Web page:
Attack on ships in Crimea: Moscow blames London and mentions Ottawa's involvement | War in Ukraine
Russian ships in the port of the city of Sevastopol, annexed by Russia in 2014.
< p class="e-p">Some of the air and sea drones allegedly used to attack the Russian fleet in Sevastopol Bay on Saturday were believed to have been equipped with Canadian navigation systems, according to Moscow. Canadian Defense refuses to comment on what the West considers Russian propaganda.
On Saturday morning at around 4:20 a.m. local time, residents of Sevastopol in the south -western Crimea, were awakened by explosions whose magnitude remains uncertain for the moment.
While Russia claims that a minesweeper (the Ivan Golubets) suffered minor damage, analyzes and videos circulating on social media suggest that the damage would be more serious than that announced by the Russian authorities. In addition, the Admiral Makarov frigate, a large ship in the Russian fleet, was also reportedly affected, but to a lesser extent.
According to the Russian Defense Ministry, the attack involved nine aerial drones and seven marine drones. Most were destroyed before hitting their target.
The ministry said in a press release that, according to its analysis, the drones were equipped with Canadian-made navigation modules and that they were launched from the coast near Odessa with the support from British military experts.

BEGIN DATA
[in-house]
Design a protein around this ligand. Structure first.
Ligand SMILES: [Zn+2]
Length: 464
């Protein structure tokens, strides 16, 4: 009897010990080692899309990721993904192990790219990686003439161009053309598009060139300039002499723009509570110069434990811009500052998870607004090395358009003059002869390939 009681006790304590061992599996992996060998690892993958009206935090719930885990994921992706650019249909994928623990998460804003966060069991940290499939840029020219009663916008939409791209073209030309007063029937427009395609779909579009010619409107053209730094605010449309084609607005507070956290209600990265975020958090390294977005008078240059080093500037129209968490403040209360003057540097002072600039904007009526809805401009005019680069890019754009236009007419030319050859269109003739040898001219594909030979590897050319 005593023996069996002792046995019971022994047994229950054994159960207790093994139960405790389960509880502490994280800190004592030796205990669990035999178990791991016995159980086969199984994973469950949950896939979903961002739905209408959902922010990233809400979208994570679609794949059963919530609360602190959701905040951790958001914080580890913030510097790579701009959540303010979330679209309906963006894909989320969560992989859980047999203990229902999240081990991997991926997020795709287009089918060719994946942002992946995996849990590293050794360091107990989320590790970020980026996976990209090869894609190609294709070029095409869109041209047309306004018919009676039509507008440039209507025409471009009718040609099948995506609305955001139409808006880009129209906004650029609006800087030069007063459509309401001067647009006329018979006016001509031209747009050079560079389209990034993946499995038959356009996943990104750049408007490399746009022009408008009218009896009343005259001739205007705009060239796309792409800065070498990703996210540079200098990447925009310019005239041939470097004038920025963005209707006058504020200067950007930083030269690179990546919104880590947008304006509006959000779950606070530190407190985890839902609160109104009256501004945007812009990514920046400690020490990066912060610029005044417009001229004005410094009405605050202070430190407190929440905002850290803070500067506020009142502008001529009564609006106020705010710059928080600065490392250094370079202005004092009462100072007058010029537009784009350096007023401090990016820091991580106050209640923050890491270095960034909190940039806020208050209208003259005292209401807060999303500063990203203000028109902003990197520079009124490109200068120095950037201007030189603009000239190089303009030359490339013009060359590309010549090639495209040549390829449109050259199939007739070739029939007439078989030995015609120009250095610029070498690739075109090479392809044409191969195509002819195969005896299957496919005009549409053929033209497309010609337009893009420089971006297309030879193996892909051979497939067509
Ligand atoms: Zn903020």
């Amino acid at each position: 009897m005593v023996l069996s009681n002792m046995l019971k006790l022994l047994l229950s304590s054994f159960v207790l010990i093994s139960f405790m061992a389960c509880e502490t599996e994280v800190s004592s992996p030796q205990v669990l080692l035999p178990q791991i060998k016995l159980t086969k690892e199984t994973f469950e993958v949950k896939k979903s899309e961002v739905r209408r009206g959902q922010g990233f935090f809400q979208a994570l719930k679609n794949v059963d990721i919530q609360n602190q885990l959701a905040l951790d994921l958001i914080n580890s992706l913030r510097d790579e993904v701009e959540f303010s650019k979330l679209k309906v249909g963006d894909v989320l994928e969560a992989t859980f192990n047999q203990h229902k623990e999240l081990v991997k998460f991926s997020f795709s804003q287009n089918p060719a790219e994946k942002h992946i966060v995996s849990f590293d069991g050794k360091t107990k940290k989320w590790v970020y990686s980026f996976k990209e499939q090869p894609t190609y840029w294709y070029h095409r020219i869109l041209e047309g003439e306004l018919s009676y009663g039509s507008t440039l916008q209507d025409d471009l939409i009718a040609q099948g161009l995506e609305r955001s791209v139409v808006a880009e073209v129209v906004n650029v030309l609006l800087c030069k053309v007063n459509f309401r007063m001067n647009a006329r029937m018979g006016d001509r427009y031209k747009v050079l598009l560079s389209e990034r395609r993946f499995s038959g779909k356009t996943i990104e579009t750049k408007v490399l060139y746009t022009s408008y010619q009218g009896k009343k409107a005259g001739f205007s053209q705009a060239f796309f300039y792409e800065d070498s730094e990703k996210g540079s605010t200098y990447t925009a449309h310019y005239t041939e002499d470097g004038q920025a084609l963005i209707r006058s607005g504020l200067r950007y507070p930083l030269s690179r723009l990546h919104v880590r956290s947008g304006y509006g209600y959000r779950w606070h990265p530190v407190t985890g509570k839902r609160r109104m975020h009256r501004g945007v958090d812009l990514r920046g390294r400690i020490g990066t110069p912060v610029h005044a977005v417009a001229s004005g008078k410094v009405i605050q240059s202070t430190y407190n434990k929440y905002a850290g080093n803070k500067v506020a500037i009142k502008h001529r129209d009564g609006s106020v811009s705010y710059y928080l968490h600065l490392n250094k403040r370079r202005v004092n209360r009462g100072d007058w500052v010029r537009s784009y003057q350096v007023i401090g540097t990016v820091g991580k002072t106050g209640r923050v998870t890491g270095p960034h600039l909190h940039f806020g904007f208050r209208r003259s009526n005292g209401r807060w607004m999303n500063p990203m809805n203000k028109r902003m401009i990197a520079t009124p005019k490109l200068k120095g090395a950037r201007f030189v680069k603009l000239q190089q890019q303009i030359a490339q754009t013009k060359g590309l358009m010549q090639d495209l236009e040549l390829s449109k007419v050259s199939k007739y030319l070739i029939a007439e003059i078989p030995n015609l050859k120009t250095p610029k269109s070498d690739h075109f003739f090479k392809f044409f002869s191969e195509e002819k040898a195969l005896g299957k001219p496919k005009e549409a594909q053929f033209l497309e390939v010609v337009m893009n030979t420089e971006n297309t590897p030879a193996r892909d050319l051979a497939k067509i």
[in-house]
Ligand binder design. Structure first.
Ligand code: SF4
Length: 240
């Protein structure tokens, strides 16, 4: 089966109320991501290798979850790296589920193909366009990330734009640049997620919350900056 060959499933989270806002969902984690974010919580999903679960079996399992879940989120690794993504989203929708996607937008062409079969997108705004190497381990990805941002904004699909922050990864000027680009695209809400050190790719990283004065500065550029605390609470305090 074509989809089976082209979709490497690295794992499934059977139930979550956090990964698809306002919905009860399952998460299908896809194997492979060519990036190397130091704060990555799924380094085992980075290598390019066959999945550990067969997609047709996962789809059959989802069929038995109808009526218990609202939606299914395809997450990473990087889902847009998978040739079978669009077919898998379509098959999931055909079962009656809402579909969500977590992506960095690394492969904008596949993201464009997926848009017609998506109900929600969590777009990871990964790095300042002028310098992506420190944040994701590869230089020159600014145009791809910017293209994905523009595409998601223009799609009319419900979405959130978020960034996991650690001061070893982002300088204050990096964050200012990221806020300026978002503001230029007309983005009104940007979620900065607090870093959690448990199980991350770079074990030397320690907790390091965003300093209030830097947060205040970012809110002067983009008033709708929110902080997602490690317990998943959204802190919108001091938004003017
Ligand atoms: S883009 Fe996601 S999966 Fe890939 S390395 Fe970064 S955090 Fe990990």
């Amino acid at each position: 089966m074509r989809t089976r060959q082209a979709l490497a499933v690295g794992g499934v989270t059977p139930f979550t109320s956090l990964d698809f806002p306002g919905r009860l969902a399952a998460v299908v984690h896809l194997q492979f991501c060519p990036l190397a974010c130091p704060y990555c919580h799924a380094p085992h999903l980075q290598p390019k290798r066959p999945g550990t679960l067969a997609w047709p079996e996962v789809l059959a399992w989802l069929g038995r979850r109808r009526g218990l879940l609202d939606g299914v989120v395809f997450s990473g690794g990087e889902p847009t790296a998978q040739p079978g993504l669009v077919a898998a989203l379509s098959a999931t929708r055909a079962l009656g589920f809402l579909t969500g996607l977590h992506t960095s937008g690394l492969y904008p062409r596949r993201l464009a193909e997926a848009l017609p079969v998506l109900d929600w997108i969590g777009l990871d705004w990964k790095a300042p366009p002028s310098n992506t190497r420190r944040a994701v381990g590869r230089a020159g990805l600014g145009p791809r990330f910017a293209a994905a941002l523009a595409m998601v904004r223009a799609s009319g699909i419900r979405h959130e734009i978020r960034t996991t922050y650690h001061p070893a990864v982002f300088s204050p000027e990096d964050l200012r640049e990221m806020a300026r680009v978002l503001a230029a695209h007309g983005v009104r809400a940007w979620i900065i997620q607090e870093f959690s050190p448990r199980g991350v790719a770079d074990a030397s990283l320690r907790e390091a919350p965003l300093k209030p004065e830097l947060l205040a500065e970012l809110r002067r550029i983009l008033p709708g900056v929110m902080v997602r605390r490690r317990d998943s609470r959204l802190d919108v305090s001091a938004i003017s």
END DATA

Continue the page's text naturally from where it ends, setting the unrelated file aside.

The Canadian Ministry of Defense would not comment on these allegations and referred to a web page where the full list of the equipment supplied by Canada to Ukraine. This includes in particular the provision of cameras for drones.
For its part, the British Defense reacted by denouncing false information intended to divert attention from [the] disastrous management [of the Russian authorities] in the illegal invasion of Ukraine. Russia on Saturday denounced “the involvement of British experts” in the attack on its ships.
Moscow also accused London of being involved in the September explosions that damaged Russia's Nord Stream 1 and 2 gas pipelines in the Baltic Sea and promised to bring the matter to the UN Security Council. .
The Russian press release clarifies that one of the drones appeared to have been fired from the security corridor established this summer to promote the maritime transport of grain, which could indicate that this device was initially launched from a civilian ship chartered by kyiv or by its Western bosses.
In this context, Moscow claims that it can no longer ensure the safety of the grain vessels in the sector, thus justifying its decision to withdraw from the Istanbul agreement signed last July to unblock Ukrainian wheat and corn exports.
kyiv denies being at the origin of this attack and affirms on the contrary that Moscow could be at the origin of this action which serves as a pretext for withdrawing from the agreement on grain exports.
With information from Christian Noël, of Reuters and of AFP